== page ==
Welcome to the Gallery

Imagine is set in the Suffolk village of Long Melford.
This is an attempt to record the daily trials, tribulation and pleasure of running an art gallery.

Monday 12 March 2012

As a total departure from the last post I thought that I would show something totally different.
Well not actually me but some of the things that I do.
For a very long time I have felt very frustrated that I am not creating anything , or contributing anything of my own to the gallery [although in the next few weeks I do intend to play once again with clay].
But this isn't totally true as occasionally I do take photographs, most of the time it is to capture
pictures of different art that is shown in the gallery.
Lots of the time artists supply their own images which makes it a lot easier but every now and again I am told "you're a photographer, can you take pictures for me".
Once a potter even came in with three boxes of pots and said "I want you to photograph these for me as I need good pictures as I am applying to enter the C.P.A.
Why would I want to do that?
They weren't even going to come here to the gallery, plus I hated them.
Finding it hard to say no [don't ask me why] I spent a long time on taking pictures then about two weeks later called the potter to tell her that I had something ready.
Two days later she arrived, looked at them and told me that they weren't good enough.
I politely pointed out that I didn't need to be doing this and had other things that I would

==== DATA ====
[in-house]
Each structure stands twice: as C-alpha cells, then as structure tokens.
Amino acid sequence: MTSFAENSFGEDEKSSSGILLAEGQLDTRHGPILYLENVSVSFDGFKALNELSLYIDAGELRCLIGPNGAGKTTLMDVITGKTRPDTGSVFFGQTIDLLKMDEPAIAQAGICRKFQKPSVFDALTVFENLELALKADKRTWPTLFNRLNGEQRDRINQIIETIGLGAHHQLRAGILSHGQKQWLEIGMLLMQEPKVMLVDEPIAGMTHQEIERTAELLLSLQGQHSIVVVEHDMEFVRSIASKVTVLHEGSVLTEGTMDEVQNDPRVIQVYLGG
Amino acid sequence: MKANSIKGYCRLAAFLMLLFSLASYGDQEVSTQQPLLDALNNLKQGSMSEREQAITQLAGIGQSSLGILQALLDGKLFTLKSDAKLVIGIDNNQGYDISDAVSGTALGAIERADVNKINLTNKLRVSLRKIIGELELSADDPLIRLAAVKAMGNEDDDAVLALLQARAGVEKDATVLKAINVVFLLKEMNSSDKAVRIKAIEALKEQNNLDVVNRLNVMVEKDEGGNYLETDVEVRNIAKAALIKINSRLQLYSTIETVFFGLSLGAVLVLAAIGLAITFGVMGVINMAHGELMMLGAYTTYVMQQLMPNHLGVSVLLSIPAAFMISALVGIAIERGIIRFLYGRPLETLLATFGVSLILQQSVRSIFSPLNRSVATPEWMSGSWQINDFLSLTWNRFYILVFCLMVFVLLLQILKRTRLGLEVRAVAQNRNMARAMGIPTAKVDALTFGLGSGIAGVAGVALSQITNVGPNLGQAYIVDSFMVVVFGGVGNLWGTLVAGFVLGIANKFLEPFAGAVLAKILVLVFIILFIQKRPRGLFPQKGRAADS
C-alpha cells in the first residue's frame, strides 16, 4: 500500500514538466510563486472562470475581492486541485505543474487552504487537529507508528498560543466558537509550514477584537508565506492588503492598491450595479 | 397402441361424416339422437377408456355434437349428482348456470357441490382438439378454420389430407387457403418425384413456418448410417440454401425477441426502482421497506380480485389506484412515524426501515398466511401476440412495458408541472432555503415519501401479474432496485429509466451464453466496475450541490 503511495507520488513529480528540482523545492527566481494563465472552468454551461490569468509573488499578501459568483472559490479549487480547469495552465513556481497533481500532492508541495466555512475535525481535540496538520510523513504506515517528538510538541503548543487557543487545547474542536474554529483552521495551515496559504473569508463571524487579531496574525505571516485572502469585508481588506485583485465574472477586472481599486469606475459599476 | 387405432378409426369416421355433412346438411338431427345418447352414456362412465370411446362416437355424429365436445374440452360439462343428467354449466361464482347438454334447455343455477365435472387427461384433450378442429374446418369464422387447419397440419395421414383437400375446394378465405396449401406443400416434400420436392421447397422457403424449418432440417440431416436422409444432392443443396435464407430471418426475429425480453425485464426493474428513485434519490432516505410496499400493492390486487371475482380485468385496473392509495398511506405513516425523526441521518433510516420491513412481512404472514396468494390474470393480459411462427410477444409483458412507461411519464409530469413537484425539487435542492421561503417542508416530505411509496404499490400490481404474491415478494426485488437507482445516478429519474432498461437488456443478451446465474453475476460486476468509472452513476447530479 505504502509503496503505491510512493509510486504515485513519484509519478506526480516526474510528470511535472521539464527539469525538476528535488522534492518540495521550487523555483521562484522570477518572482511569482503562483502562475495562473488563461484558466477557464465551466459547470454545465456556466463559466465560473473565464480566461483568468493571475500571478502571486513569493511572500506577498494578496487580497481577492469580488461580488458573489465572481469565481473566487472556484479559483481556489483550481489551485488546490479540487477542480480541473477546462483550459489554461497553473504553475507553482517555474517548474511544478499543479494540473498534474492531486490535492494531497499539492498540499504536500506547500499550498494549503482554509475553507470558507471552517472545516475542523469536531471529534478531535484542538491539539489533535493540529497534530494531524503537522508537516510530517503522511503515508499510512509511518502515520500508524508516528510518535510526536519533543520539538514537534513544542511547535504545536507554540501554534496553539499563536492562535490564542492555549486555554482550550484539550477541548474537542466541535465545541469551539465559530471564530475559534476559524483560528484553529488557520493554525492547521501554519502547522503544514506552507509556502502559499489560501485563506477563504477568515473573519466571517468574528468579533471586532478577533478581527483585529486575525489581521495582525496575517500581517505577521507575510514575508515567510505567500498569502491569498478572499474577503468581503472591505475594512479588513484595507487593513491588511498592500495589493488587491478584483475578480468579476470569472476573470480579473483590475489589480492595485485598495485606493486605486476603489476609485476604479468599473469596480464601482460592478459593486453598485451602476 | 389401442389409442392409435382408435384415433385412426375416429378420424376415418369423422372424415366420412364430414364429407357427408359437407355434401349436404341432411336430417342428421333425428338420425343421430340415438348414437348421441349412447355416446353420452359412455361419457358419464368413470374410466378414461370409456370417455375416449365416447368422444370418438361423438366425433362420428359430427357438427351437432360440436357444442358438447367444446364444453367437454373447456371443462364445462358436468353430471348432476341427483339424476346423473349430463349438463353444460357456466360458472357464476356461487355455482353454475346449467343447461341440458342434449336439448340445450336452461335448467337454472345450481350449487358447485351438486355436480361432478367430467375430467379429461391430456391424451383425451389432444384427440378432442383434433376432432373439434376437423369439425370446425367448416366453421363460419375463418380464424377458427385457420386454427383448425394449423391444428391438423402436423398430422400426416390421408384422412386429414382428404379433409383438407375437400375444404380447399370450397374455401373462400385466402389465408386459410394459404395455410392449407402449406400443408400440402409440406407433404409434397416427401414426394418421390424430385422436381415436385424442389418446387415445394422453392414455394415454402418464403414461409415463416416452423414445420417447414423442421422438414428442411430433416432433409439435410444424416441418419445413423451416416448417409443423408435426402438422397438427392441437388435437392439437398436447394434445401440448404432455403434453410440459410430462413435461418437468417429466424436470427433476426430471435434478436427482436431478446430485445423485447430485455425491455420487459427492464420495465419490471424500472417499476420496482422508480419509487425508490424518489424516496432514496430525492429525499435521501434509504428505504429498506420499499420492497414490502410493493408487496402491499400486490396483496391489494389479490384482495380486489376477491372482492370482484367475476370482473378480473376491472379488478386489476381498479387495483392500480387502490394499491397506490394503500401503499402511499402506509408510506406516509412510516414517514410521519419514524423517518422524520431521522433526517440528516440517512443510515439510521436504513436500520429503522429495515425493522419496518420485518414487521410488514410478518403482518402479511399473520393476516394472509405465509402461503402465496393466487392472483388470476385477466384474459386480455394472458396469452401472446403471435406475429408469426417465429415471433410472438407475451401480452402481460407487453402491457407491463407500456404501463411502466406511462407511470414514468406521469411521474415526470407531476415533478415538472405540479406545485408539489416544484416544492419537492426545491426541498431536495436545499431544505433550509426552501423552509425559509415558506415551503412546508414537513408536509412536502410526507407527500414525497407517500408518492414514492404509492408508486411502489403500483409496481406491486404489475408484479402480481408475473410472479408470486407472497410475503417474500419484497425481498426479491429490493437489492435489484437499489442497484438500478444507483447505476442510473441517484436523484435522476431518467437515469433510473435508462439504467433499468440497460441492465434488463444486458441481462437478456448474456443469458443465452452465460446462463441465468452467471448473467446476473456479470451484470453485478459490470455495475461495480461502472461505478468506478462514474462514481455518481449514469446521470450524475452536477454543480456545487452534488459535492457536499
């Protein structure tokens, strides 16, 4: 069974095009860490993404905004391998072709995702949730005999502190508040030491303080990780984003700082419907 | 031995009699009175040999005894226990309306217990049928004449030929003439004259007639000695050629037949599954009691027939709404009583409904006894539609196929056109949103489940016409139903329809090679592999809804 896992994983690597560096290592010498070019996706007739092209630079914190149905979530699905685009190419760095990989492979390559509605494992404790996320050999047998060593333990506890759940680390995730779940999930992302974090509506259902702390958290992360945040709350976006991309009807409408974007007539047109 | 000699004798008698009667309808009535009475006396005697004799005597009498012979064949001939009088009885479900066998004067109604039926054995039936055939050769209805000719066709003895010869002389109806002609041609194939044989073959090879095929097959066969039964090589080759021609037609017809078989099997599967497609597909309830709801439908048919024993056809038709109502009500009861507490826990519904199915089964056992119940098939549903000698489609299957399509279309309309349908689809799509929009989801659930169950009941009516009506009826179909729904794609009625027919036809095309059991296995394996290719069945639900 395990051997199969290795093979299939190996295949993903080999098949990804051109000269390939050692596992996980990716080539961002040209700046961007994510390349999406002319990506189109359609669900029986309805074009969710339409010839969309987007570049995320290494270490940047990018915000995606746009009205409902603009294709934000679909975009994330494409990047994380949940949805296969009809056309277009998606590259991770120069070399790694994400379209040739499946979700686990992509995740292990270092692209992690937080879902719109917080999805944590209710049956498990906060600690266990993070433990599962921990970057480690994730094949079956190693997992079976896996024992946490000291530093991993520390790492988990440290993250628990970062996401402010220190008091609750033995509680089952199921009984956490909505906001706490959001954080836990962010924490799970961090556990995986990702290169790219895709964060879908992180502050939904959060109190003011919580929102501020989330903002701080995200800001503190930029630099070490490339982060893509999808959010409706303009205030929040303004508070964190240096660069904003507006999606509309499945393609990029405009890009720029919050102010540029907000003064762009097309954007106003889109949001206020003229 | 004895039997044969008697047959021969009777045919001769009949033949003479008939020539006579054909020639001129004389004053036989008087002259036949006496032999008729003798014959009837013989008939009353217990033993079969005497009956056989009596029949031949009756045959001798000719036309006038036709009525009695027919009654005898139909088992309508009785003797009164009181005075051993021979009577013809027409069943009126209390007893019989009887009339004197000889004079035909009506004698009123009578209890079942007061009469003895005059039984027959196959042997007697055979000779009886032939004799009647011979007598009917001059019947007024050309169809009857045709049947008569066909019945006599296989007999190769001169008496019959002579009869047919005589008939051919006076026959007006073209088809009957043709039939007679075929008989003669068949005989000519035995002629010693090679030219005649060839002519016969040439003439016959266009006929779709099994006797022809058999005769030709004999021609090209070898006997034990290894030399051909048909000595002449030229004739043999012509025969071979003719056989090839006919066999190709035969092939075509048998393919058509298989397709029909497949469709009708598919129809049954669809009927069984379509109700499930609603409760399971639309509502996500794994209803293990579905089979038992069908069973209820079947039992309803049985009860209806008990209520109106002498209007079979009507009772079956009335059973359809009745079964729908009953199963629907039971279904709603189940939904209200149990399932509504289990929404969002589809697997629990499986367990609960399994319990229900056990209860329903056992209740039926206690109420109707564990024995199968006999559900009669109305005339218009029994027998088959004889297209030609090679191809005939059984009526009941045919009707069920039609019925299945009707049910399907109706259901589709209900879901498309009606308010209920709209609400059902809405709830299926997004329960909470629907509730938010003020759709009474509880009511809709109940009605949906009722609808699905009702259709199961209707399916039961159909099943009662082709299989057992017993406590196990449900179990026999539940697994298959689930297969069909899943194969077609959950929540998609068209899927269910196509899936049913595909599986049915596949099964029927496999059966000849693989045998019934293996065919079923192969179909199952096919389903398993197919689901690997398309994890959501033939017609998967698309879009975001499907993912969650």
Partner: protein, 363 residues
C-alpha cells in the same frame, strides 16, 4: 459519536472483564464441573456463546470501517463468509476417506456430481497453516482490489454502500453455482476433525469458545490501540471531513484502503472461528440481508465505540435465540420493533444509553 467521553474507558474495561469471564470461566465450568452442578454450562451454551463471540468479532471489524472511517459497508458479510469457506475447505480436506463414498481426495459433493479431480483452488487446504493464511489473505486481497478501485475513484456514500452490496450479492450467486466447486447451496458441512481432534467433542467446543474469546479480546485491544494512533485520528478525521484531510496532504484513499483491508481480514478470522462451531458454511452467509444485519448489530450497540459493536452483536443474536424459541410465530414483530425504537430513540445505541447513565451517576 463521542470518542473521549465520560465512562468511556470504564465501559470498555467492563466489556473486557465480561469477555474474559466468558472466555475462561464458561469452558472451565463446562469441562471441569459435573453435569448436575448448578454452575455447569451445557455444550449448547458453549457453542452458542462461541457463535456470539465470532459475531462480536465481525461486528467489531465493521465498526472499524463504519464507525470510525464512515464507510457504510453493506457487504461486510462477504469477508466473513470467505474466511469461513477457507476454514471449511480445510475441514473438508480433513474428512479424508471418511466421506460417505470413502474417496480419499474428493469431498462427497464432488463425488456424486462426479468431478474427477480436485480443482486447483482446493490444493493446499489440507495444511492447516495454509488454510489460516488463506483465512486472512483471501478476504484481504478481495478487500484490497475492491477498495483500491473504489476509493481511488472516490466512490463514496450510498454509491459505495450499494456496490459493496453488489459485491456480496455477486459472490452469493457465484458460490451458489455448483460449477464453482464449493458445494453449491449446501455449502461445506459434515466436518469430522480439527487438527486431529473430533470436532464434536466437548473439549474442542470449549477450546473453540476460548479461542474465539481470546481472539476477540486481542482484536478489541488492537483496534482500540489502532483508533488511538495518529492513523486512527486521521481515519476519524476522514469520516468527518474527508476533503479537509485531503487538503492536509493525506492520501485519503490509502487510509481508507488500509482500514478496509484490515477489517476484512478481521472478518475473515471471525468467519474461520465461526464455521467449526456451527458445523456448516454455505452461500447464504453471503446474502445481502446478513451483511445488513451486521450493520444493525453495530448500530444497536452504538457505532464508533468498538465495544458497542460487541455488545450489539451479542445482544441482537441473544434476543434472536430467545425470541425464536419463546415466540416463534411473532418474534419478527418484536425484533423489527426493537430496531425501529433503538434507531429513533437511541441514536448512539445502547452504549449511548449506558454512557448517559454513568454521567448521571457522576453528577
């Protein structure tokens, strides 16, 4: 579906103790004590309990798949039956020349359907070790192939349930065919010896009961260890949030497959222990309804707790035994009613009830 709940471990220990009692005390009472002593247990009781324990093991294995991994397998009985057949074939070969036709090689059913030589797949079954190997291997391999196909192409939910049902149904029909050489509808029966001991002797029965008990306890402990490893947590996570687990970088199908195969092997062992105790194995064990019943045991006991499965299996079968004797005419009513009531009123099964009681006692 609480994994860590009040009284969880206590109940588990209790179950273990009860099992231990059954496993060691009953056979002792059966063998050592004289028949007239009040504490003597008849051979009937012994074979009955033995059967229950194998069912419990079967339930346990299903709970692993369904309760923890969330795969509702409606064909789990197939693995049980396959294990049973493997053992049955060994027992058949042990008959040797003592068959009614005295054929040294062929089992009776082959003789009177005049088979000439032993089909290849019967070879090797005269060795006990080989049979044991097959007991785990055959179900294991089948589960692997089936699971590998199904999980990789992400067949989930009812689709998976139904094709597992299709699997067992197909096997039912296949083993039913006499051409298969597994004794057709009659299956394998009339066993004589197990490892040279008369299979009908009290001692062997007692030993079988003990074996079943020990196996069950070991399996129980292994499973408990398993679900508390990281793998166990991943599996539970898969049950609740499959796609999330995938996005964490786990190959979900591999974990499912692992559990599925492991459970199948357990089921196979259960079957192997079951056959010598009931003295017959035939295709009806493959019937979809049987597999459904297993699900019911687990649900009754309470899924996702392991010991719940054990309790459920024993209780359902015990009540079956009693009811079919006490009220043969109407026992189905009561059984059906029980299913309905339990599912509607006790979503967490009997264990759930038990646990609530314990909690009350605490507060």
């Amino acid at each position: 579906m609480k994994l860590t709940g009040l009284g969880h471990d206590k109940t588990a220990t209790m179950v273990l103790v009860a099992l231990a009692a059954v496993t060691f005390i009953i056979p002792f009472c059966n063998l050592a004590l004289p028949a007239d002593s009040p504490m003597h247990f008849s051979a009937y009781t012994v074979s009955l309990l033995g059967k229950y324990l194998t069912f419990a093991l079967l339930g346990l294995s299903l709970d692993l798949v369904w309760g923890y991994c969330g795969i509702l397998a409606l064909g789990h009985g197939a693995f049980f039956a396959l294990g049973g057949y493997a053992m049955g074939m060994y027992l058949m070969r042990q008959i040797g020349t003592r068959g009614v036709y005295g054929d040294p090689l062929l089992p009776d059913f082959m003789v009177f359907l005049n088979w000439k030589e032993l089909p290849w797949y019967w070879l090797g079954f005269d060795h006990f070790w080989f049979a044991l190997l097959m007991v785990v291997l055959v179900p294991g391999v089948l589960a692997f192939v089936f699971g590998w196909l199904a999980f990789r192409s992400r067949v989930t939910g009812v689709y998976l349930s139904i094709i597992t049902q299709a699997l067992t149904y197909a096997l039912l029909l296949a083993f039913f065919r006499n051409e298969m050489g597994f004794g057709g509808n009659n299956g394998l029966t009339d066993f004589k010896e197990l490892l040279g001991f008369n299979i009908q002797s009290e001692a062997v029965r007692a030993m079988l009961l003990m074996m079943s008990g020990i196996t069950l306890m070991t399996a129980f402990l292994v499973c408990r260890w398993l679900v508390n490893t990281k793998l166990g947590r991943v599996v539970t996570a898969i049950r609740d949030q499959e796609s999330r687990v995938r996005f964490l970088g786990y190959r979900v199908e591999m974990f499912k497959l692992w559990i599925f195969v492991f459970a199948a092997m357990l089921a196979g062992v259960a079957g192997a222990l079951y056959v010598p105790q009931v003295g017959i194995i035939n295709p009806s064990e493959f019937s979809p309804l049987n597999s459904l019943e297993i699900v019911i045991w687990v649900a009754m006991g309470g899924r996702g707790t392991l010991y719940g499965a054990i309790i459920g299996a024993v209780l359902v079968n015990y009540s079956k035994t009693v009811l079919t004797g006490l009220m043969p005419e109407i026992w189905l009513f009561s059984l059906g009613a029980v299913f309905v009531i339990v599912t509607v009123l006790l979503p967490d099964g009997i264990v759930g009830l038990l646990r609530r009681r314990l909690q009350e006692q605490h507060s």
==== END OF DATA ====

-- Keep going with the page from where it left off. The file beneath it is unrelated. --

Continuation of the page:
be spending my time on rather [so far I had spent two whole days on these pictures].
" I want them done again", she told me.
I pointed out to her that firstly I wasn't a photographer and secondly she was wasn't paying for them.
"but I thought that this is what you do".

Suffice to say both she and her rubbish pots left the gallery very swiftly.
However she was accepted as a member at the C.P.A. [Crafts person Potters Association].
But as I was told by a "famous" potter.
"They accept anyone now, once it used to mean something".

Anyway, getting back to my photographs and talking about me
[what could be more interesting]?
I do take photograph's and always have done since my childhood.
In fact I remember as a sixteen year old being questioned by my headmaster when I left school,
"tell me Foley what are you going to do with your life"?
"I'm going to be a photographer, Sir".

I'm not and never will be but sometimes I still enjoy taking photographs.
They give me pleasure and I do it "because they make me feel good".